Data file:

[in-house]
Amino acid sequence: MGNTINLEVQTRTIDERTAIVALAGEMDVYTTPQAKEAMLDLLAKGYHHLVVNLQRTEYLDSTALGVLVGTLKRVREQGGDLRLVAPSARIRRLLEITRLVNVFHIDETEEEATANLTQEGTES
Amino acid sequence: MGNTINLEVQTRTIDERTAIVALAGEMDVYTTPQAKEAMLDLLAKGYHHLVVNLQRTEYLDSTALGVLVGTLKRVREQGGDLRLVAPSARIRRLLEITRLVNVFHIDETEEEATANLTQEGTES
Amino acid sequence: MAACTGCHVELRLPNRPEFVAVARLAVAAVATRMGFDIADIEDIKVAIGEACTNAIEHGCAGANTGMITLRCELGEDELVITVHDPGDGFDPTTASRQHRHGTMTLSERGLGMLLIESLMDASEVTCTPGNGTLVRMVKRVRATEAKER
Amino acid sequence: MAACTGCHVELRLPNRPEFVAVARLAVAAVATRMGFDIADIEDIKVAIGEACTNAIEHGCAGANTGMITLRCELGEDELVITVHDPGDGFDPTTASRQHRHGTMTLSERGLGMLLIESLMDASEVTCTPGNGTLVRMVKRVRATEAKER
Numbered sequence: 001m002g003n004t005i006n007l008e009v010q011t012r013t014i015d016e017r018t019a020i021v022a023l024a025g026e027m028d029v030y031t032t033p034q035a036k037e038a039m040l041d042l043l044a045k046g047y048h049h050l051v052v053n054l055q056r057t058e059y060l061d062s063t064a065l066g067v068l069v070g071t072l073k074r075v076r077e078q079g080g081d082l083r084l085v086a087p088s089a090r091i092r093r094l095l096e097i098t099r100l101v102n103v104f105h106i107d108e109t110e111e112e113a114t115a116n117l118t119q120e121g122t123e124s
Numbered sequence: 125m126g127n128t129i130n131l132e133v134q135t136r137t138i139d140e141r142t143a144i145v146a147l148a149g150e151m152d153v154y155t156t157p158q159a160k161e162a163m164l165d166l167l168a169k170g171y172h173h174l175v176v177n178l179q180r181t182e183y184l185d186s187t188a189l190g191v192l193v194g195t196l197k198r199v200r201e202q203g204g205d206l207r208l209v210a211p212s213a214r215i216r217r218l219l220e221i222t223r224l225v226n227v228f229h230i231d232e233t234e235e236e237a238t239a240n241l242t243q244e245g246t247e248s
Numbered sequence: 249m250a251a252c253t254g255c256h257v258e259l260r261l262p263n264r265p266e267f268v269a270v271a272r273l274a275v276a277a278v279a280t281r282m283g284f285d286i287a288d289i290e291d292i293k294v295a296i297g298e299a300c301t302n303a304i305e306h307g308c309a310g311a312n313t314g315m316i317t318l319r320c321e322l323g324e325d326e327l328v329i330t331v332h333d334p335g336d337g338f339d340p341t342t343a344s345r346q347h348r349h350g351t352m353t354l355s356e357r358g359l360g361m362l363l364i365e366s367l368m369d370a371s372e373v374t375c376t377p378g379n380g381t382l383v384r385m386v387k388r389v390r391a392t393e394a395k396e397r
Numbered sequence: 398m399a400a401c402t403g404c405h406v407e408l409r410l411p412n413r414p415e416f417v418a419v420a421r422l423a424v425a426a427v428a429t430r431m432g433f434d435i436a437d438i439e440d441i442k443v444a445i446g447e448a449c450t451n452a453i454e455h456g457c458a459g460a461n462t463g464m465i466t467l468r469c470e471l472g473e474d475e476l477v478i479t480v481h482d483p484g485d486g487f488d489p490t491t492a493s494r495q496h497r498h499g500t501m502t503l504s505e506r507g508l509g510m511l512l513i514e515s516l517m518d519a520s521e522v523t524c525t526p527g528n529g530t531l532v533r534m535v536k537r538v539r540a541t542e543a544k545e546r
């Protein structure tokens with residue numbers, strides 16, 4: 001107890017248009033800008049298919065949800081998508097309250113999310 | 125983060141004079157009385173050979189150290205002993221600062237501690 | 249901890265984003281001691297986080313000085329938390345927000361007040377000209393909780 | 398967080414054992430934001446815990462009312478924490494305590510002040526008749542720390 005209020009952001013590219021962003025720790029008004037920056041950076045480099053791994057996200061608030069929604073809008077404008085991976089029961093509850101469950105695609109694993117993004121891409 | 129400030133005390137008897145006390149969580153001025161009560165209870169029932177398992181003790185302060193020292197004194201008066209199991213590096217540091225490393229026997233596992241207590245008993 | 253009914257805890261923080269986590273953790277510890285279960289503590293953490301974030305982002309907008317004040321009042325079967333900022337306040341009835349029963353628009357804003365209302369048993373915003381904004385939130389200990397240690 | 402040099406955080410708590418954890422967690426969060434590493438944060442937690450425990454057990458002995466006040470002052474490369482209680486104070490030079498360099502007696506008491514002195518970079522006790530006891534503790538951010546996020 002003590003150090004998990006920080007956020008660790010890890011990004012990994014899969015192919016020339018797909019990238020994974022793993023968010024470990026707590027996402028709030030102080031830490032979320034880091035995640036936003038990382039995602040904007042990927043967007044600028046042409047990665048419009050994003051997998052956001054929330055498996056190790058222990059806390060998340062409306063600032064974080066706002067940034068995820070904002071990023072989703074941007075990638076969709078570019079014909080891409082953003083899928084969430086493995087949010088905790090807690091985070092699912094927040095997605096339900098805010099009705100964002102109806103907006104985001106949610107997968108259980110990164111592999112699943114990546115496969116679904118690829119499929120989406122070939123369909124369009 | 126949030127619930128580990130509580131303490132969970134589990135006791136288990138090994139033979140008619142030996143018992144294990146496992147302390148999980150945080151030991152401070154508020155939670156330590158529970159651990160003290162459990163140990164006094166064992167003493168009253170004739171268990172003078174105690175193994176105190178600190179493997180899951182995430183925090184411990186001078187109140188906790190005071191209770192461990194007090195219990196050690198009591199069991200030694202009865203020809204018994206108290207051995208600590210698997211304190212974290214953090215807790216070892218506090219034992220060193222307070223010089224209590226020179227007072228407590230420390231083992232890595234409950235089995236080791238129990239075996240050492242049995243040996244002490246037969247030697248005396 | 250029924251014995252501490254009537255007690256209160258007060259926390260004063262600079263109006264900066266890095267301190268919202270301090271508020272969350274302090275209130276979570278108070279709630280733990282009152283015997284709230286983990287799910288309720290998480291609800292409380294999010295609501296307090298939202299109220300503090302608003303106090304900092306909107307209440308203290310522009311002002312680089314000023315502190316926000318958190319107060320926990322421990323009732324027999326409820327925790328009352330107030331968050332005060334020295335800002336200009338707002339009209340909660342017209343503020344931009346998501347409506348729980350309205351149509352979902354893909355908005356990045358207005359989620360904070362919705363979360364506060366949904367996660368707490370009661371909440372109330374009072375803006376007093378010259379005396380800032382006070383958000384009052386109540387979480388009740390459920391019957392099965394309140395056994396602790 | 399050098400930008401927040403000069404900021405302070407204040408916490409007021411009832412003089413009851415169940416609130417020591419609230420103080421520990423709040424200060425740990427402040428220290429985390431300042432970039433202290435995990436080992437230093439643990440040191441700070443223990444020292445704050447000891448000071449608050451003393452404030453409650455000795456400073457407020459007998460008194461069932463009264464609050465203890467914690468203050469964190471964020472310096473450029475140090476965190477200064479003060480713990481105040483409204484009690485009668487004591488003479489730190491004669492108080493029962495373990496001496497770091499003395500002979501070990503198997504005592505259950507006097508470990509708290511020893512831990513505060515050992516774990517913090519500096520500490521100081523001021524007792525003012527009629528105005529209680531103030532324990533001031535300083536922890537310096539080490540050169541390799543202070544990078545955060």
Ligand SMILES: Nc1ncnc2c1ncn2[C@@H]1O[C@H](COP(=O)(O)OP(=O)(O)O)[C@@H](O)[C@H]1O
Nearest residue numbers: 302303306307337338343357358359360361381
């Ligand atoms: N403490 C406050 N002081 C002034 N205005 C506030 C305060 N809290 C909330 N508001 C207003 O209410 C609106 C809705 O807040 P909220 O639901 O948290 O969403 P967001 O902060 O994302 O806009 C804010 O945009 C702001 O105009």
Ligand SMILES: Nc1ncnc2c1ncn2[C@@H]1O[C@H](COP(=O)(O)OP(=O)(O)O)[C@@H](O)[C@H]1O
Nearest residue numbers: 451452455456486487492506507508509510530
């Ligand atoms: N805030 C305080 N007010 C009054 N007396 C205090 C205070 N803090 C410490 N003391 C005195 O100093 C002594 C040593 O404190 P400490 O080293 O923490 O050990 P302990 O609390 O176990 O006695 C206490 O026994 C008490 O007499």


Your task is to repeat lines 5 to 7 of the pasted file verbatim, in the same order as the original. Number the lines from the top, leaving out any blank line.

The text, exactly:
Amino acid sequence: MAACTGCHVELRLPNRPEFVAVARLAVAAVATRMGFDIADIEDIKVAIGEACTNAIEHGCAGANTGMITLRCELGEDELVITVHDPGDGFDPTTASRQHRHGTMTLSERGLGMLLIESLMDASEVTCTPGNGTLVRMVKRVRATEAKER
Numbered sequence: 001m002g003n004t005i006n007l008e009v010q011t012r013t014i015d016e017r018t019a020i021v022a023l024a025g026e027m028d029v030y031t032t033p034q035a036k037e038a039m040l041d042l043l044a045k046g047y048h049h050l051v052v053n054l055q056r057t058e059y060l061d062s063t064a065l066g067v068l069v070g071t072l073k074r075v076r077e078q079g080g081d082l083r084l085v086a087p088s089a090r091i092r093r094l095l096e097i098t099r100l101v102n103v104f105h106i107d108e109t110e111e112e113a114t115a116n117l118t119q120e121g122t123e124s
Numbered sequence: 125m126g127n128t129i130n131l132e133v134q135t136r137t138i139d140e141r142t143a144i145v146a147l148a149g150e151m152d153v154y155t156t157p158q159a160k161e162a163m164l165d166l167l168a169k170g171y172h173h174l175v176v177n178l179q180r181t182e183y184l185d186s187t188a189l190g191v192l193v194g195t196l197k198r199v200r201e202q203g204g205d206l207r208l209v210a211p212s213a214r215i216r217r218l219l220e221i222t223r224l225v226n227v228f229h230i231d232e233t234e235e236e237a238t239a240n241l242t243q244e245g246t247e248s